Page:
|Publication number||US4583039 A|
|Application number||US 06/620,612|
|Publication date||Apr 15, 1986|
|Filing date||Jun 14, 1984|
|Priority date||Jun 14, 1984|
|Publication number||06620612, 620612, US 4583039 A, US 4583039A, US-A-4583039, US4583039 A, US4583039A|
|Inventors||Nestor Kolcio, Richard A. Peszlen|
|Original Assignee||Nestor Kolcio, Peszlen Richard A|
|Export Citation||BiBTeX, EndNote, RefMan|
|Patent Citations (1), Referenced by (21), Classifications (7), Legal Events (4)|
|External Links: USPTO, USPTO Assignment, Espacenet|
The invention relates to devices for testing insulating gloves such as those used in the electrical industry for live line maintenance work. More particularly, the invention relates to such an electrical glove testing device which eliminates the corona effect on the glove cuffs, and which enables essentially the whole glove to be tested satisfactorily in an efficient and safe manner.
An example of this application is the electrical testing of insulating gloves of the type used by electricians and utility linemen for performing live line maintenance has been carried out for many years in an effort to detect holes or flaws in the glove to ensure that the same are safe to prevent electrical shock injury to the workmen. One of the usual procedures for testing such gloves is to partially immerse the glove in a tank of conductive liquid, usually water. An electrode is inserted into the glove which is filled with a conductive liquid to the same level as in the tank. During the test the tank containing the conductive liquid is at another electrical potential with respect to the glove electrode. The potential difference (an electrical stress) will cause a breakdown in the glove at the damaged area. This breakdown will actuate a signal or will be visible or audible to the workman performing the glove testing procedure.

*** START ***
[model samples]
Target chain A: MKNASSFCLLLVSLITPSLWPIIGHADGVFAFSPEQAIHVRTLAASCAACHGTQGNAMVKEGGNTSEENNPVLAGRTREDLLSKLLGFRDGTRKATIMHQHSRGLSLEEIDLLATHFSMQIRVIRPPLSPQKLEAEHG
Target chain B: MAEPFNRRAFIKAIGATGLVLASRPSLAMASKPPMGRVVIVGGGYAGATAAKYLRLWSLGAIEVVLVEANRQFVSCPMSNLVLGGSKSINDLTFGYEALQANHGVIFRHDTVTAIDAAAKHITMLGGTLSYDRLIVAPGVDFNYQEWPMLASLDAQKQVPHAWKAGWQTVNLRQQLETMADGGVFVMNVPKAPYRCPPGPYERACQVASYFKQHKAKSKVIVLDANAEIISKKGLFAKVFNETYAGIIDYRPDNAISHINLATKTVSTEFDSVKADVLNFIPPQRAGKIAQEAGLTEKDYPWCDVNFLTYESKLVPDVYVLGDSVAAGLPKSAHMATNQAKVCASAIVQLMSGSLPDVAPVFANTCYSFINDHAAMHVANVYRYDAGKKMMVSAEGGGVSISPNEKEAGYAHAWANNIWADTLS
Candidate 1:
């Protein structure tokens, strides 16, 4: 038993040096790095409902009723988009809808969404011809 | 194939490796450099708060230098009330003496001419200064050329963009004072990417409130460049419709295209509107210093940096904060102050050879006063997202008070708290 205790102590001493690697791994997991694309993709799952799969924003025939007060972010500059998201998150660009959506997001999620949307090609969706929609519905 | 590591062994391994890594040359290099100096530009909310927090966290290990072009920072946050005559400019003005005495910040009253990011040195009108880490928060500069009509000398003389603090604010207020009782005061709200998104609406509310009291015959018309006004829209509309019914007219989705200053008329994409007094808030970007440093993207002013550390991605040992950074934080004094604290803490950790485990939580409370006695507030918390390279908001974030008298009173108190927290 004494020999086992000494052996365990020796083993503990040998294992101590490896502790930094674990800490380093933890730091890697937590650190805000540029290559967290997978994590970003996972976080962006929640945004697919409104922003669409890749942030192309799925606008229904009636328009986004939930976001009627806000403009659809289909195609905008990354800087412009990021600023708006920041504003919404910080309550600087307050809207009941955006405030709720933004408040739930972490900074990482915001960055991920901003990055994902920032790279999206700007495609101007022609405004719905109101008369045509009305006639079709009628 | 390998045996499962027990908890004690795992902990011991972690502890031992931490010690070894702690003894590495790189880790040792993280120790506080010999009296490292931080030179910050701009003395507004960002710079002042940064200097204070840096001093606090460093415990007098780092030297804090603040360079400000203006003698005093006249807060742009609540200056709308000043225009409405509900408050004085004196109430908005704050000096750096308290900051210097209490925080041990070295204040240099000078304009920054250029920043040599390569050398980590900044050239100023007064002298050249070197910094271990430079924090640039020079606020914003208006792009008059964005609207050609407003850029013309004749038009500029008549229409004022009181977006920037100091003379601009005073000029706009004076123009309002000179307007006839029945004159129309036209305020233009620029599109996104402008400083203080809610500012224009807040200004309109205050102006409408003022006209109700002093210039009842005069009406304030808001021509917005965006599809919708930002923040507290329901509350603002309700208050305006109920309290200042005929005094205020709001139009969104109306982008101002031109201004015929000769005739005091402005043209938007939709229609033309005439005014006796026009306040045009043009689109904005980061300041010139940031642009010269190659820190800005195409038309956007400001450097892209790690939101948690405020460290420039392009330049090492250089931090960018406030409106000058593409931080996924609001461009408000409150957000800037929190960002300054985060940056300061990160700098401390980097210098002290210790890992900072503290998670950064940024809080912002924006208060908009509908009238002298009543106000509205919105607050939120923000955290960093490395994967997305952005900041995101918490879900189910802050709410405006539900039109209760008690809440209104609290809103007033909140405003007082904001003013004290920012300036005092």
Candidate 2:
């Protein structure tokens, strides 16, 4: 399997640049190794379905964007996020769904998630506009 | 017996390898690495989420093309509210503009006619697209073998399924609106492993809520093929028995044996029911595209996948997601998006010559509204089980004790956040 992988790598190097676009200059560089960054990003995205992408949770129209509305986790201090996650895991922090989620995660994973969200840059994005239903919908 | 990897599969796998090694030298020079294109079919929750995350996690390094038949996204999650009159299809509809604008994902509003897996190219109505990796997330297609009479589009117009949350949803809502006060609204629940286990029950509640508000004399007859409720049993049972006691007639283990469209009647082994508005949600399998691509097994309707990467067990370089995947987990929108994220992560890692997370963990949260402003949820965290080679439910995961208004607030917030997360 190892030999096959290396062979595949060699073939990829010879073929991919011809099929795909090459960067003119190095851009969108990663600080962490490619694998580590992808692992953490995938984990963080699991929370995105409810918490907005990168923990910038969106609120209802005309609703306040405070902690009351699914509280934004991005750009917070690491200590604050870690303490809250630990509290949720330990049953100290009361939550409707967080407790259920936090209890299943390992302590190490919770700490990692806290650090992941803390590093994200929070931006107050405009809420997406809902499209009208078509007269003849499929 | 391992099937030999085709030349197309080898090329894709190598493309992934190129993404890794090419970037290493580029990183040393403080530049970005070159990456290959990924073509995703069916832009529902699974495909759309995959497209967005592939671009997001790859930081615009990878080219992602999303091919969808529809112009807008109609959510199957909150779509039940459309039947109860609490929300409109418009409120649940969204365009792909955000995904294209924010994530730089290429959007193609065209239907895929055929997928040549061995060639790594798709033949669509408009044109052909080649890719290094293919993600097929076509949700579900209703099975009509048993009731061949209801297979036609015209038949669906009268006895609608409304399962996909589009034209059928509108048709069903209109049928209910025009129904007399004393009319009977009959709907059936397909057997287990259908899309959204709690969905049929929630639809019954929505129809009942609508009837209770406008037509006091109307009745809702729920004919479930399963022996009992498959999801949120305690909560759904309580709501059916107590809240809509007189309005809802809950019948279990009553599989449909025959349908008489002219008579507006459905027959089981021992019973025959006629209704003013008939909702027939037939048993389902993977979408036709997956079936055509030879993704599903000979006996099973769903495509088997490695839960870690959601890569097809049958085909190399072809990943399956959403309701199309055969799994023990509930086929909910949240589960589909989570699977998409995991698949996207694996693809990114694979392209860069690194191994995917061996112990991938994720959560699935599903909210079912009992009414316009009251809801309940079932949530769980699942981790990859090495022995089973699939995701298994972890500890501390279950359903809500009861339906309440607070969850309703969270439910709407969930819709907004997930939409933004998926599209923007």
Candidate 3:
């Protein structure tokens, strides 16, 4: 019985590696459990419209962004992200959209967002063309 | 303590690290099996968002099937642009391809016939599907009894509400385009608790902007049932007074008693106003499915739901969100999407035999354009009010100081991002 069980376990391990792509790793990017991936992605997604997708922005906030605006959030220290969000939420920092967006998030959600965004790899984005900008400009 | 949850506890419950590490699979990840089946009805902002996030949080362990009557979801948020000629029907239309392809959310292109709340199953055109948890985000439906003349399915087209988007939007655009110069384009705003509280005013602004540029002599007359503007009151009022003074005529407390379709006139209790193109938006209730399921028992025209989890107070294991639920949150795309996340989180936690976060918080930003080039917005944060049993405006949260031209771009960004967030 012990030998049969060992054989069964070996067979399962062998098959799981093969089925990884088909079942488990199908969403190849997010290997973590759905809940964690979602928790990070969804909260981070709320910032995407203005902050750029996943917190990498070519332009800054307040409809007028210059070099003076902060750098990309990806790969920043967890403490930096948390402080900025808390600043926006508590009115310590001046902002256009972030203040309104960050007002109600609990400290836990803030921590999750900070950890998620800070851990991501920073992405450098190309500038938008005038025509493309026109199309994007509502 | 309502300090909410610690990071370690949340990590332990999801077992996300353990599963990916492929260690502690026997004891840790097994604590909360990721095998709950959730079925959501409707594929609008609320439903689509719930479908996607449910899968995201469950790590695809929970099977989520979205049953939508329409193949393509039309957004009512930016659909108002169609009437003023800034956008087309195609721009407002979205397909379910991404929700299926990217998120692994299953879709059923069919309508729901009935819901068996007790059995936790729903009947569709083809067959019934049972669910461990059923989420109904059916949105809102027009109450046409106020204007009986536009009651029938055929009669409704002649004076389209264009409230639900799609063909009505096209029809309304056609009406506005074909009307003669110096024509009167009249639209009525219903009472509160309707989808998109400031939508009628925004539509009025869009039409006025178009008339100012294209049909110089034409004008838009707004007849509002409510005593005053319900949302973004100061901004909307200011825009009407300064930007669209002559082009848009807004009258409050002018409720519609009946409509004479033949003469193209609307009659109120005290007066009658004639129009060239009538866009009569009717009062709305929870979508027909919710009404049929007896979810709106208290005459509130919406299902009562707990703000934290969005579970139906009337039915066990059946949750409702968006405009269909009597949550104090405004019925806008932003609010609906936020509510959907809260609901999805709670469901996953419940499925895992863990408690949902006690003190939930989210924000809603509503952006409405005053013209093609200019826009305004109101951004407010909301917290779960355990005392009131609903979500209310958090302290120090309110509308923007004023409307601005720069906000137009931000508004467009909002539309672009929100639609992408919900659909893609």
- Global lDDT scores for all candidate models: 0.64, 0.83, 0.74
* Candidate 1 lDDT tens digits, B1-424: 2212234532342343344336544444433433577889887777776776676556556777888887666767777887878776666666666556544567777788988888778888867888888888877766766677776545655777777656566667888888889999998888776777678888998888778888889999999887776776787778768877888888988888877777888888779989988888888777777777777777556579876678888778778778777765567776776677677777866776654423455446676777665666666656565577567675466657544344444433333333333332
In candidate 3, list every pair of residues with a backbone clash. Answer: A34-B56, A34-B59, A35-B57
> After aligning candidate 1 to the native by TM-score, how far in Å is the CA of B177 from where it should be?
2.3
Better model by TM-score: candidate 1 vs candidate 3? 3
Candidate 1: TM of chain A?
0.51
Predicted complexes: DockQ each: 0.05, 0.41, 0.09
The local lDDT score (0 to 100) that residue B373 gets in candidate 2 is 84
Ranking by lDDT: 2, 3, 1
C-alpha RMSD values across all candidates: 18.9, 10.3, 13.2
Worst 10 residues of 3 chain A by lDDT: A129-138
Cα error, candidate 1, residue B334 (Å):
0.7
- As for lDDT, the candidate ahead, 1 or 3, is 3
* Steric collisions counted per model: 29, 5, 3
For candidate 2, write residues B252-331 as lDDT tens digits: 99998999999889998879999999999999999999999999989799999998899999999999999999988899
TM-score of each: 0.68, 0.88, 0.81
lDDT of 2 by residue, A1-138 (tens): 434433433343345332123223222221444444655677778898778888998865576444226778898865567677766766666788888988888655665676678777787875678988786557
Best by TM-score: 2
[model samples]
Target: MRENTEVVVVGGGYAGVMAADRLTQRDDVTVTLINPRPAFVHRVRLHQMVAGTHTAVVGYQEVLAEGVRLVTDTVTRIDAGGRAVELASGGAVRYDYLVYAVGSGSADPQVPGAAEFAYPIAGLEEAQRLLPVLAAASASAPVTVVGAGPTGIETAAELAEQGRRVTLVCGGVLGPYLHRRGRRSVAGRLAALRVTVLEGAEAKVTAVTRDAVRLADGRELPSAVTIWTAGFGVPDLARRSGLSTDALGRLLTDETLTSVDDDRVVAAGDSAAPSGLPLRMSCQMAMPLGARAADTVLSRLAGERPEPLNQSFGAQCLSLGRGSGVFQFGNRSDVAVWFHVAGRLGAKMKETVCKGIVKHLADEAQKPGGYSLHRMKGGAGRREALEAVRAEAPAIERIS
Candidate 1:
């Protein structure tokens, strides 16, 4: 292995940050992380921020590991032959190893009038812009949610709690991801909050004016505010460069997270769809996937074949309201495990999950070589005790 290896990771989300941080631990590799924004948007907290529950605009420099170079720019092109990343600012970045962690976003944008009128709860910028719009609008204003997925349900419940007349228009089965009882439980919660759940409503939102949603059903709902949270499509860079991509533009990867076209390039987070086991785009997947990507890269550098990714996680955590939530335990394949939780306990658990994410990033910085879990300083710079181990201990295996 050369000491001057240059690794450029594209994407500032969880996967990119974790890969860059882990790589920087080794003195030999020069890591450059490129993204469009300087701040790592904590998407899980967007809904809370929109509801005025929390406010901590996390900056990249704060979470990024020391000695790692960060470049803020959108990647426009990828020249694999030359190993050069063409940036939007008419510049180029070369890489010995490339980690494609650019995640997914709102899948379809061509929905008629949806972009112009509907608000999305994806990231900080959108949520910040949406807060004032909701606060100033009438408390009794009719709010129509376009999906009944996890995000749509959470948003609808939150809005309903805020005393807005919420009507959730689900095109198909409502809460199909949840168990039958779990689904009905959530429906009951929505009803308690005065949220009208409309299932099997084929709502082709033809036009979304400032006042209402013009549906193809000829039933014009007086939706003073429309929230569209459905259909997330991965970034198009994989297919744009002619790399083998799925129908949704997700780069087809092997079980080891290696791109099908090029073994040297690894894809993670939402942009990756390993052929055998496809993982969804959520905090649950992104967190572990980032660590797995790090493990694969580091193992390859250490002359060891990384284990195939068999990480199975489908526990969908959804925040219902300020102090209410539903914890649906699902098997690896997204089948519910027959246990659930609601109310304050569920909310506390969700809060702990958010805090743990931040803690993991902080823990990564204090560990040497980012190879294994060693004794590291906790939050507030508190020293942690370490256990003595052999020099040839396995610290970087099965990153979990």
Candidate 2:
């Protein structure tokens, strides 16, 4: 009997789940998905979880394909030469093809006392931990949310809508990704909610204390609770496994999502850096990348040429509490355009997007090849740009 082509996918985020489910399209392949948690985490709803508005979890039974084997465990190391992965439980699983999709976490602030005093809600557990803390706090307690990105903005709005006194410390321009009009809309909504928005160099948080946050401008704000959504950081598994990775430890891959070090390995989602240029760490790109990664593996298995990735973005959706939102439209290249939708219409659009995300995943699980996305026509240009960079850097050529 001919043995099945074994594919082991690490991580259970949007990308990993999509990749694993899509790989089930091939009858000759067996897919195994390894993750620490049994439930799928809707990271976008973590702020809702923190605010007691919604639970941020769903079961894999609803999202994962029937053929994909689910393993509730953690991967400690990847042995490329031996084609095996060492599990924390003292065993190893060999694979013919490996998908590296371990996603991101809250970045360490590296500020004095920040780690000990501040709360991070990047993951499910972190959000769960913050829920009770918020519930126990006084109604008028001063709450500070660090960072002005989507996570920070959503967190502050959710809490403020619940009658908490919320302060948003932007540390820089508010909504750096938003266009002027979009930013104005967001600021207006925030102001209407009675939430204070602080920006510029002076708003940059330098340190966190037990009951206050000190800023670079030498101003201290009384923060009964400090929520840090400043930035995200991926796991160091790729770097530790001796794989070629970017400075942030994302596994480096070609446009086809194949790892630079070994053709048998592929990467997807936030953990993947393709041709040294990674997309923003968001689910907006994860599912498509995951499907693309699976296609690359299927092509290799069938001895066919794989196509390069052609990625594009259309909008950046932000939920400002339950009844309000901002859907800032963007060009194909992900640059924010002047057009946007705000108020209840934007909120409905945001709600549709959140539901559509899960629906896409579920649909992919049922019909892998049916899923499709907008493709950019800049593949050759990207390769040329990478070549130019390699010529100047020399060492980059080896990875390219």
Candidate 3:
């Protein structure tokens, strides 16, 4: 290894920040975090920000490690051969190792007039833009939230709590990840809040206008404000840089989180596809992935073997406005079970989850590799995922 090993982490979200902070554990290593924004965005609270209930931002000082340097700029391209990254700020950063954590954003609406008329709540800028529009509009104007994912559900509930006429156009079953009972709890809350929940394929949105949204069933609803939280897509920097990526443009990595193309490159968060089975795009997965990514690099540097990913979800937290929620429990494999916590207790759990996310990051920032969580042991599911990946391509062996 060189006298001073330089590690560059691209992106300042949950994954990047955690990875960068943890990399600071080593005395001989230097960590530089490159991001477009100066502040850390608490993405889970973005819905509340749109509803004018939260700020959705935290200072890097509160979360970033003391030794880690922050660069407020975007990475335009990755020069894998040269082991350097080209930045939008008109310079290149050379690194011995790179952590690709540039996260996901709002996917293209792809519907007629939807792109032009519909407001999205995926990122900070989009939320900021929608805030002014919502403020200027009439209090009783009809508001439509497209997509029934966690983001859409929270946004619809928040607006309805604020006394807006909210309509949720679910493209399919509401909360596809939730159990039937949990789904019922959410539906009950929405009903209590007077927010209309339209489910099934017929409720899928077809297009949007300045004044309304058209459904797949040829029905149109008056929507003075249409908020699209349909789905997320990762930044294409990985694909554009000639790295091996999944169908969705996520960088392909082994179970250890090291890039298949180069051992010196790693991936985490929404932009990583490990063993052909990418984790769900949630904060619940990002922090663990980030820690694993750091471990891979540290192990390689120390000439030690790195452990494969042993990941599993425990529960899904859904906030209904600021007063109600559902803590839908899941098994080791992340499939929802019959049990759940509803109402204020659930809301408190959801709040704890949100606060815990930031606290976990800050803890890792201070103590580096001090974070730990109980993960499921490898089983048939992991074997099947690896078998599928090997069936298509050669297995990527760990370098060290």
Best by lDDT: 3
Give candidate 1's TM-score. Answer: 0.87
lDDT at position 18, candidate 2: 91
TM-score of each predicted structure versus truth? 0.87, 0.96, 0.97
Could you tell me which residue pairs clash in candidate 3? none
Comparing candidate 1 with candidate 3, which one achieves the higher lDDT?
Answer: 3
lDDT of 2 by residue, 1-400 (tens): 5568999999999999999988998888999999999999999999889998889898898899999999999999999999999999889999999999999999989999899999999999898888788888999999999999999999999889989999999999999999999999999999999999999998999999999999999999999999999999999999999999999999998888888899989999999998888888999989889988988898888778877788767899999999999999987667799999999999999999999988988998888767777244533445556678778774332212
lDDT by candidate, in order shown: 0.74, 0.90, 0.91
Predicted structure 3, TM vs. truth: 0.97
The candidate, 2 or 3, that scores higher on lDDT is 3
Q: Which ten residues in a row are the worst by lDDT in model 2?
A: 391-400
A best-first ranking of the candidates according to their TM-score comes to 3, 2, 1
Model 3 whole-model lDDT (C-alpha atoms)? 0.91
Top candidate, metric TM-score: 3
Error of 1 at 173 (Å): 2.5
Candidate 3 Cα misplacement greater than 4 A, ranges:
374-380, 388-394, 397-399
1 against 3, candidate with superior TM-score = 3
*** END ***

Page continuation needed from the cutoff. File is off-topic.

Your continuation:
Although such test procedures usually are satisfactory for many glove tests, it has the disadvantage of placing electrical stresses at the junction of the water surface and cuff of the glove. These stresses at the water surface will reach a level whereby the surrounding air is ionized resulting in the production of ozone and corona. Ozone is very destructive to insulating gloves made of natural rubber. This high stress placed at the cuff area results in excessive glove failure during tests. These existing tests also require the use of gloves having excessively long cuff areas to enable the glove to be tested. This excessive length cuff on the glove, in addition to increasing the cost of the glove, makes the gloves more burdensome and awkward for the workmen wearing the gloves.
Another problem with prior glove testing devices is that the electrode which is inserted into the interior of an immersed glove is exposed together with other metal parts on the test equipment. This exposure provides a relatively short discharge path across which an electric arc can travel shorting out the equipment and in some circumstances may cause possible injury to a workman performing the glove test.
Another disadvantage of the prior glove test equipment is the difficulty in testing gloves at different potential where cuff length would have to be adjusted.
Objectives of the invention include providing an improved electrical glove testing device in which the gloves are mounted by a pair of specially shaped insulating barrier rings which reduce electrical stresses and eliminate corona effect and subsequent generation of harmful ozone which damages gloves made of natural rubber; and in which the mounting rings enable almost the whole glove to be satisfactorily and efficiently tested than heretofore possible. Another objective is to provide such a testing device in which the insulated barrier rings enable the glove to be placed on and removed from the test equipment in a shorter period of time by manipulation of a single clamping lever.